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The interview reaches a natural interval and Paul begins to make suggestive comments towards Winston. “He keeps being all sexual” jokes Paul, casting an eye at the unsuspecting and seemingly innocent Winston. “He keeps talking about his cock and saying he wants me to touch it”. They begin to laugh, Paul clearly in his element, Winston sat cautiously on the window-ledge of his own bedroom, picking at the hem of his chequered shirt. I snatch my moment to quiz Paul over his sexuality— does he have a gay agenda?
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“I hardly ever acknowledge it. My material is probably the straightest of any openly gay comics. I sometimes mention sexuality, but often not, there are other things to talk about. When I’m out in the provinces, like Bedford, I’ll do my routine about gay sperm since it causes such a reaction.
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“It angers me to read about homophobia, like people being beaten up at three in the morning in a car park because of their sexuality, so I sometimes use comedy as a learning curve. It’s pathetic when comedians are homophobic and think they’re being cool and ironic, they’re not, they’re just crap comedians who lack imagination. I’m not going to go around telling people not to be gay, and similarly I’m not going around telling people to be gay. I don’t have a gay agenda, just a comedy agenda. I’m a comedian.”
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Sexuality – tick, I move on to more pressing issues like fashion. Where, repeat WHERE, does Paul shop in order to conjure this look of mostly-purple antiquity? He is reluctant to tell me exactly. “Anywhere really. These trousers came from a shop for example. This cardigan was from a connoisseur. He wore this cardigan, I wore my cardigan and we immediately swapped, there was a bond”.
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Fine dining is a topic that Paul will discuss. “I’m self-taught, with a few lessons learnt off my mother. I enjoy cooking game pie, venison omelettes, that sort of thing”. Winston mentions how Paul once made a roast dinner at 4am for a group of friends, but ate the best bits of meat himself. “Well I bought it all” Paul hastily interrupts in mock self-defence. I ask him if he has a favourite restaurant back in London. Paul gives a prompt and definite reply: “Pied à Terre”.
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Paul is adverse to pop culture, “I can’t stand films, there’s too much going on, people walking around, men wearing hats, and women, I just can’t follow them. My favourite film is Titanic. I don’t like it, in fact, I hate it. But it’s my favourite”. On literature he says “I haven’t read a book since I was seventeen”. What about Harry Potter? “Well actually I did try that. It’s rubbish”.
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And so the official interview slot draws to a close as Paul sits up and adjusts the cuffs of his shirt. I leave the house of Winston Smith, anticipated about the evening’s performance, I’m perhaps more confused now as to who Paul Foot really is.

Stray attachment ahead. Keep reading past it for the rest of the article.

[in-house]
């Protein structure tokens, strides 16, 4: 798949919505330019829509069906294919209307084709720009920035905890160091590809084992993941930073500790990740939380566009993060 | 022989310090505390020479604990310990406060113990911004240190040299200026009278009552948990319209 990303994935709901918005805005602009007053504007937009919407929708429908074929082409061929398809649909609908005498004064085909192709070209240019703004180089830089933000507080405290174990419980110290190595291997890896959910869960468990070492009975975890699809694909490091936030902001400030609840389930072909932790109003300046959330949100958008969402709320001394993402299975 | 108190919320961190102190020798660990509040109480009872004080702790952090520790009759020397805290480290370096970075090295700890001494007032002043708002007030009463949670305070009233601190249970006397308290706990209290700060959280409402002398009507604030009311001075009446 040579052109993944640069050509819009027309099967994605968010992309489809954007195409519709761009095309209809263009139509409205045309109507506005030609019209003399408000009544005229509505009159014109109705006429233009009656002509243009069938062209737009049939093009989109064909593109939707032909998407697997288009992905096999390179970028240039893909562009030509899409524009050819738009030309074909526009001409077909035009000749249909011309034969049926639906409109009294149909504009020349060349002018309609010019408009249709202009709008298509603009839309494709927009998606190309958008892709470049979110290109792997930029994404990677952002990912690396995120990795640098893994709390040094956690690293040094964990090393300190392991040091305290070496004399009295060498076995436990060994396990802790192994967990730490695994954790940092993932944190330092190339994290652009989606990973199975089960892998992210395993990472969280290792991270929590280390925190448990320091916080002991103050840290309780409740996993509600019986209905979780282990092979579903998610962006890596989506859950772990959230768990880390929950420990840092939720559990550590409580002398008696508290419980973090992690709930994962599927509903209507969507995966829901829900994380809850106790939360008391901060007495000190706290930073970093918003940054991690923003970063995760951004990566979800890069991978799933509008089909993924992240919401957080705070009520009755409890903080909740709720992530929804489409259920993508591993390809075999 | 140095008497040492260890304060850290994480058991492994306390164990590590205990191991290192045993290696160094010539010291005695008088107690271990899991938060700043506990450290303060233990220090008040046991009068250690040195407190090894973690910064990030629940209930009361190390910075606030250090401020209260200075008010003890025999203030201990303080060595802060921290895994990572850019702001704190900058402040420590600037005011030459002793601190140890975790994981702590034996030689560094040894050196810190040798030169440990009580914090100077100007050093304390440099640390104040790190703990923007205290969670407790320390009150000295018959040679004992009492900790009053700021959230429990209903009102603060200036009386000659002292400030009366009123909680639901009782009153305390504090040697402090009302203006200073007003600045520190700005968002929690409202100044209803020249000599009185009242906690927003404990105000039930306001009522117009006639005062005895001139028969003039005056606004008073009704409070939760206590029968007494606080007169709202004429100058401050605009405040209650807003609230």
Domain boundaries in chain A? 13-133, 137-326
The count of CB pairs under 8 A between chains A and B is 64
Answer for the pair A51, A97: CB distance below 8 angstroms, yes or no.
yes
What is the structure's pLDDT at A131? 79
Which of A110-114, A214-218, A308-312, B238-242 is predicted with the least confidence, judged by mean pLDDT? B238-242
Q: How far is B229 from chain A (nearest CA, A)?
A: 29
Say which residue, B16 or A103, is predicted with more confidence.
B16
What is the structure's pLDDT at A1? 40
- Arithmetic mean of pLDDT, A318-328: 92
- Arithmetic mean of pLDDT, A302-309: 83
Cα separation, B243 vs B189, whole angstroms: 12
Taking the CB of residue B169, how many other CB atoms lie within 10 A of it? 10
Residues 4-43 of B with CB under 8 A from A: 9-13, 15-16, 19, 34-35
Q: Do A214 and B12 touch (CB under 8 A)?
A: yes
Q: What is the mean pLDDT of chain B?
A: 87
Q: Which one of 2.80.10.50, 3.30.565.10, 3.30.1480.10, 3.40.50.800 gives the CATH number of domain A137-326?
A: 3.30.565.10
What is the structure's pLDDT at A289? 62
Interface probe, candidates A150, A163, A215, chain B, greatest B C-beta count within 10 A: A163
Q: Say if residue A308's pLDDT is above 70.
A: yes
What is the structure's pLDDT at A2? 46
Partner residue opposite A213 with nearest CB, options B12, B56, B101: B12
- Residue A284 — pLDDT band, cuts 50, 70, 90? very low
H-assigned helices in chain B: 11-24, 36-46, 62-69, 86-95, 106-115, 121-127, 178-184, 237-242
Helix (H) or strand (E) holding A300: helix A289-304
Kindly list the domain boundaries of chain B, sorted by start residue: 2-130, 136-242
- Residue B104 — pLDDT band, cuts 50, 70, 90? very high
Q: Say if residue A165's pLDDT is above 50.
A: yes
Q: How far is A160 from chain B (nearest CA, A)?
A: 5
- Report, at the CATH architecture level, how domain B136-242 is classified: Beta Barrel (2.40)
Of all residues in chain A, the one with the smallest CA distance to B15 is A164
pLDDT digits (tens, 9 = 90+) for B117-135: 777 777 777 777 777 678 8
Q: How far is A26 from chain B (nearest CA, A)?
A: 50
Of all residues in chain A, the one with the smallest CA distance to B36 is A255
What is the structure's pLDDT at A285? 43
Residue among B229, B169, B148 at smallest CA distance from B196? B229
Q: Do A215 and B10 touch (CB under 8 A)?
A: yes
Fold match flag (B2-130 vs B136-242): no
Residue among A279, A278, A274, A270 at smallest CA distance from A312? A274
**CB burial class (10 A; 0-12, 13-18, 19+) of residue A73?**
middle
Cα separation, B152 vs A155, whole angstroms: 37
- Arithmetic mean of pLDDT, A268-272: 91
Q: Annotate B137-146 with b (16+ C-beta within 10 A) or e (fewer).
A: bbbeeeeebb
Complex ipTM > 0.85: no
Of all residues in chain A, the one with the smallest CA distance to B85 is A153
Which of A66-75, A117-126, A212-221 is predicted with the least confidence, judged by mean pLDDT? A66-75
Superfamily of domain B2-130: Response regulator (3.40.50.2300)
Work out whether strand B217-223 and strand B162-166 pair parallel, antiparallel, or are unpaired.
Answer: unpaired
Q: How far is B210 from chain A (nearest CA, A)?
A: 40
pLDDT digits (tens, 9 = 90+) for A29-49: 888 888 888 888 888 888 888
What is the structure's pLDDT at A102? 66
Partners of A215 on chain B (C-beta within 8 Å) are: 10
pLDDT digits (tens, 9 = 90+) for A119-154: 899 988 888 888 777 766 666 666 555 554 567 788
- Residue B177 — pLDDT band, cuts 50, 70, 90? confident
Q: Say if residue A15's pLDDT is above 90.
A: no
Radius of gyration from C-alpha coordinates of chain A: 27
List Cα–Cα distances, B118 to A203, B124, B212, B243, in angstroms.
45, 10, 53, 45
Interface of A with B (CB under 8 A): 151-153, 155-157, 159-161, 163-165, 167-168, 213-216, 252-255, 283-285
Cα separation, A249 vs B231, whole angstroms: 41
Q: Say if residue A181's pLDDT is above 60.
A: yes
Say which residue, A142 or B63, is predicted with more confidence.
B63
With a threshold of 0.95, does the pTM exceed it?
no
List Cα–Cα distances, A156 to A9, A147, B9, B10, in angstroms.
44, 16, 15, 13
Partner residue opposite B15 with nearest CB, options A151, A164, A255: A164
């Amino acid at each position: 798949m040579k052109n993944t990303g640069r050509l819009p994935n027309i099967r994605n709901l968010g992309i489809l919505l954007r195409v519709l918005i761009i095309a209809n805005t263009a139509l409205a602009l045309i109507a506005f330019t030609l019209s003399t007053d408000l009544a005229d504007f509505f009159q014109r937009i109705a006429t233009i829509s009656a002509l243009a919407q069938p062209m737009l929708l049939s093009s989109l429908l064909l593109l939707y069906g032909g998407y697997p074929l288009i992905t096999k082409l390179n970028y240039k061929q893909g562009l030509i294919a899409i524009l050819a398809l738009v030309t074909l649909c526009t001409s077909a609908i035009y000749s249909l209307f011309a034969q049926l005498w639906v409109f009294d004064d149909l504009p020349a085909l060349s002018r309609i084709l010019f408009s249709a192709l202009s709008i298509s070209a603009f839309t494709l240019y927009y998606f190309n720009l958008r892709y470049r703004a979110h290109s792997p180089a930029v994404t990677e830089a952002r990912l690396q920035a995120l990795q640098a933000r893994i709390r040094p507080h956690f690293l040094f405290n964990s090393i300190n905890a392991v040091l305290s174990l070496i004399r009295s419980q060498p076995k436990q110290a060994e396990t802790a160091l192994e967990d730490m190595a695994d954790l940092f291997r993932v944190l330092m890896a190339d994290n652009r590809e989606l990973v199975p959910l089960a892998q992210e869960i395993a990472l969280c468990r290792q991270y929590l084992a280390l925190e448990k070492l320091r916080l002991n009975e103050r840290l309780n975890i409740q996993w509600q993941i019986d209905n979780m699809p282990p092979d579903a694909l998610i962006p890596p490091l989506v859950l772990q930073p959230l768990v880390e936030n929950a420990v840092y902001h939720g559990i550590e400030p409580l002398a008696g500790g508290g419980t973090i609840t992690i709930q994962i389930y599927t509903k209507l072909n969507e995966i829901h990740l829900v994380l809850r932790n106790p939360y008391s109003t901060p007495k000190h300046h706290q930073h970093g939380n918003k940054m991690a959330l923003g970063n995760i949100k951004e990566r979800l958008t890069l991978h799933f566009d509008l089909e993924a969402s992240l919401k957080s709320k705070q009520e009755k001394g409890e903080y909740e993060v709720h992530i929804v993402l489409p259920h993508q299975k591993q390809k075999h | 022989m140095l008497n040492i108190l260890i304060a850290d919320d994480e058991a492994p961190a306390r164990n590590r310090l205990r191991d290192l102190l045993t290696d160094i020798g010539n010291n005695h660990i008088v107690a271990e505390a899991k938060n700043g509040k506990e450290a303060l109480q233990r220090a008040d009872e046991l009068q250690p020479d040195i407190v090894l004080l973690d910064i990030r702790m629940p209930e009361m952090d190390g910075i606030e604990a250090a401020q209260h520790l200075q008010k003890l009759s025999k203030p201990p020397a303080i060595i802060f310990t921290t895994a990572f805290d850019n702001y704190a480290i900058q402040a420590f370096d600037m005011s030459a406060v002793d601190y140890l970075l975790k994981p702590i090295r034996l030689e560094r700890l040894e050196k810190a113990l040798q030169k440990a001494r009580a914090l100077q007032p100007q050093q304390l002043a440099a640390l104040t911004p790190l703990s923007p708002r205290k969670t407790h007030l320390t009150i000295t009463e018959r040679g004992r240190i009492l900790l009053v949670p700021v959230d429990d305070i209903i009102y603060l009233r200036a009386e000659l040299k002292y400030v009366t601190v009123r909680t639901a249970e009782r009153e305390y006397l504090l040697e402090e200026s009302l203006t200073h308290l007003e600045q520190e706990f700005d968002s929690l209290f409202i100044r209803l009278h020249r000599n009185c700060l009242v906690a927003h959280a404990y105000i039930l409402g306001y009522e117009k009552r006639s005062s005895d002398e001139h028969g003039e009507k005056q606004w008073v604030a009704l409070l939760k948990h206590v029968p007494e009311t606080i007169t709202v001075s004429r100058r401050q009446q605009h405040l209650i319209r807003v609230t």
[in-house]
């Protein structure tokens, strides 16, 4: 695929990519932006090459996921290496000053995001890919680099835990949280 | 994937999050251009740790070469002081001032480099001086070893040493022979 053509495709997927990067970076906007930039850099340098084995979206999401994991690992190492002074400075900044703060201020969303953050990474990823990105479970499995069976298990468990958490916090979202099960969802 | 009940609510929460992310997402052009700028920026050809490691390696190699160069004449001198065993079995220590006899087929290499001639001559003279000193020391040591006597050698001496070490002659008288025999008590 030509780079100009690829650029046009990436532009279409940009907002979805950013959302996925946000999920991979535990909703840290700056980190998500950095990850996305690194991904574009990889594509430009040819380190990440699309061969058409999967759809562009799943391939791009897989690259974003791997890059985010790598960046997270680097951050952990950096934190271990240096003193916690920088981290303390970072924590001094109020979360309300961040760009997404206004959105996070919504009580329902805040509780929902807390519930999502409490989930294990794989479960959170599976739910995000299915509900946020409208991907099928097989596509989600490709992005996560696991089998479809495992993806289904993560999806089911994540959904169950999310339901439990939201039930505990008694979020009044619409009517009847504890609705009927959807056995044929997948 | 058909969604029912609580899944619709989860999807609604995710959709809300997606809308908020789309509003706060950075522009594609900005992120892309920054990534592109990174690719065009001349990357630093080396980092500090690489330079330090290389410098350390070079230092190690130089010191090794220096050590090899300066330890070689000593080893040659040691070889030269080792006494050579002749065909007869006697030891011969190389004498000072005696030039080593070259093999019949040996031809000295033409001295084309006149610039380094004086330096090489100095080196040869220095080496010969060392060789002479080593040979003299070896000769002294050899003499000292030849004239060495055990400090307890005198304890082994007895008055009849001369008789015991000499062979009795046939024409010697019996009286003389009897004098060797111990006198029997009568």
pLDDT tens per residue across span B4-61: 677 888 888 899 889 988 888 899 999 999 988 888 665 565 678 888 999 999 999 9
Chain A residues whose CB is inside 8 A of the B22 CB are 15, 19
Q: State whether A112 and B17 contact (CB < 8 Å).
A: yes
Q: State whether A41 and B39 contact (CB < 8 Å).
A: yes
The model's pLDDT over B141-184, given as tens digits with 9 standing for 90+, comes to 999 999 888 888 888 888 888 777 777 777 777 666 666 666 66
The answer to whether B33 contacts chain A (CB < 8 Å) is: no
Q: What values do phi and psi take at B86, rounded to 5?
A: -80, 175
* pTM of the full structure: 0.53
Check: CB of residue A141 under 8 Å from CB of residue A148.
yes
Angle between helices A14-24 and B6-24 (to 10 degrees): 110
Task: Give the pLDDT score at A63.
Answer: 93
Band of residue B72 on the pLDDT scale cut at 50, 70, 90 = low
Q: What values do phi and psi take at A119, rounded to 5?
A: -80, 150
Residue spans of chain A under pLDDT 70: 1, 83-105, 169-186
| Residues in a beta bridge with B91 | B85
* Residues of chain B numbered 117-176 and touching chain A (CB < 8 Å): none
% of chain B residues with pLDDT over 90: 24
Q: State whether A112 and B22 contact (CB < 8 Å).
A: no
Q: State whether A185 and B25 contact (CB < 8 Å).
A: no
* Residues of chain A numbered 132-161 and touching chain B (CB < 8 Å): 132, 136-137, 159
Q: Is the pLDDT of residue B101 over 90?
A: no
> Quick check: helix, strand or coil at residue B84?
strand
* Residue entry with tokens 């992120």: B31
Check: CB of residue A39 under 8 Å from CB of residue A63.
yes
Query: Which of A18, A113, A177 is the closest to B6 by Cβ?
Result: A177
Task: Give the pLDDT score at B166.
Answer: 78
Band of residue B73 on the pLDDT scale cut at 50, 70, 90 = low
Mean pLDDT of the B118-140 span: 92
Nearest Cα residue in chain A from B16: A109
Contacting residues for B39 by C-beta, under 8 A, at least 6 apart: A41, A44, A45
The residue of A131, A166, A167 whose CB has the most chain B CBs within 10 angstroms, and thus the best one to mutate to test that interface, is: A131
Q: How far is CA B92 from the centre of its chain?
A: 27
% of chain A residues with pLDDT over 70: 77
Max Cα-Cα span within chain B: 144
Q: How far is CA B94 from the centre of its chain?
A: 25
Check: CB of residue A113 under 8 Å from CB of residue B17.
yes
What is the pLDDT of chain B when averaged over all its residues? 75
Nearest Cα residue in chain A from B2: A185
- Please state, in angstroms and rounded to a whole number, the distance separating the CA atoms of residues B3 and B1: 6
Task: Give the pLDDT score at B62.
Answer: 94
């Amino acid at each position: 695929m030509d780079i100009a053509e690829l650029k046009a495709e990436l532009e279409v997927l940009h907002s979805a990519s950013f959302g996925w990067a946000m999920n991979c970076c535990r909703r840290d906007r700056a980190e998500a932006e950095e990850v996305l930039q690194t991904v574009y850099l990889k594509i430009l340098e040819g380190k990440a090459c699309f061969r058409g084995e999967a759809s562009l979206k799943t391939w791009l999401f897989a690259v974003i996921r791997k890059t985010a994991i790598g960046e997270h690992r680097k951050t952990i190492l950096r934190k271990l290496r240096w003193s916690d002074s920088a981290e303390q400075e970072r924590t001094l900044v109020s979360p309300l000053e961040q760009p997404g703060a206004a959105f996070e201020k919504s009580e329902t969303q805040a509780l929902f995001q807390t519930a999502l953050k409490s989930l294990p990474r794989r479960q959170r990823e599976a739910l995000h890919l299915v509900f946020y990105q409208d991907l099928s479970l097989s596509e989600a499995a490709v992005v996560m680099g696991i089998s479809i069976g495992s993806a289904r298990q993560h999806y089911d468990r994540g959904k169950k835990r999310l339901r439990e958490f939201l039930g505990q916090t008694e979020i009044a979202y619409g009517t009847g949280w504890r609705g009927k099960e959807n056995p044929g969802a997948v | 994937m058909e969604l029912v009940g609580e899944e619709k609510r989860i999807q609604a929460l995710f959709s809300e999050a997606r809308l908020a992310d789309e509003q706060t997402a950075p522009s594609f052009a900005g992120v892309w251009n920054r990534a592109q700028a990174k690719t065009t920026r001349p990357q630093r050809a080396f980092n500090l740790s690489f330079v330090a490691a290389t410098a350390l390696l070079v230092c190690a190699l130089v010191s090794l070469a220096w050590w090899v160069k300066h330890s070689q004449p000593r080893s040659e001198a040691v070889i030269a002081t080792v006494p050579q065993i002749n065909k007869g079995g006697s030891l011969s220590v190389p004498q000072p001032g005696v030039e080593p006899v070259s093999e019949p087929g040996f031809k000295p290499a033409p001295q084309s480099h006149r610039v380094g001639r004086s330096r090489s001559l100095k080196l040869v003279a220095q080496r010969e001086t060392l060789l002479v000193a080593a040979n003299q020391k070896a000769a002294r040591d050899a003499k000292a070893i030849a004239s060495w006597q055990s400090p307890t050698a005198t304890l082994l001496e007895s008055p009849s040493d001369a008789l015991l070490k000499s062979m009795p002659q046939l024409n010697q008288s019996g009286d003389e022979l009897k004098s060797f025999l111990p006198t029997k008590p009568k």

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The evening eventually arrives and I am sitting with my American friend Maggie on the second row. I was beginning to consider myself a quite senior Paul Foot connoisseur by now, afterall, I’d not only seen him perform several times, but I’d interviewed him extensively at his (or Winston’s) bedside, as well as sharing a large icy pitcher of Pimms before the gig.
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Nothing, however, could have prepared me for Paul’s set that night. His comedy started off in recognisable Footian territory, musing on the farcical nature of counselling hotlines pinned to the credits of soap operas. The second phase of his gig took a loony twist as Paul began speculating over the occurrence that is vans—that’s right— just vans, as in the vehicle, and then his invented accessory – vanglasses—.. I just can’t explain…
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My journalistic ability is yet to be formative enough to describe Paul’s set… in fact I question whether I will ever develop writing abilities strong enough to do Paul’s comedy a decent service. Still, the audience of around one hundred Leeds students, were a riotous concoction of laughter fits, gasps of shock and (I’m pretty sure) pissing themselves.
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The final part of Paul Foot’s act was titled “Revenge on a Bed & Breakfast Landlady”. The complex and increasingly elaborate tale spiralled out of control until, somehow, Paul had two men simulating sex with themselves on stage, ululating like Red Indians and pretending to smash imaginary china dollies while he screwed himself up into a ball on the floor and started wailing as if in pain. The audience by this point had lost all sense of reality to their inner senses and to laughter. None of them knew what to think anymore, they just knew that Paul Foot was something else.
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“In my teens I imagined my future self at 48 years old, married, with a Ford Sierra and children” Paul told me quietly as we walked towards the grandeur and noise of Leeds University Union. His career stands testament to how none of us, not even Oxford maths graduates, can predict our futures, but that creativity and humour are enough to be a success, and more importantly – to be happy.
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Students run up to Paul post-gig, asking for info about upcoming gigs, excited girls take photos alongside him while even the most scrofulous of boys offer him their rosy-cheeked praise. He is invited to a handful of parties too. Surely the cool party culture is the icing on the comedian’s cake, it’s the social approval they all craved in school, the opportunity for them to cash-in all that hard-crafted humour for drugs and sex?
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“I’m okay thanks” he politely rebuts. “I don’t really feel like partying tonight, but I’m quite hungry though, I might just get some food”. And so Paul Foot’s off— in his Paul Smith tie, roll-along case in tow, and disappears into the warm May moonlight.
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Follow Paul Foot on Twitter: www.twitter.com/paulfoot and join his Official Facebonk Page.
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1 comment: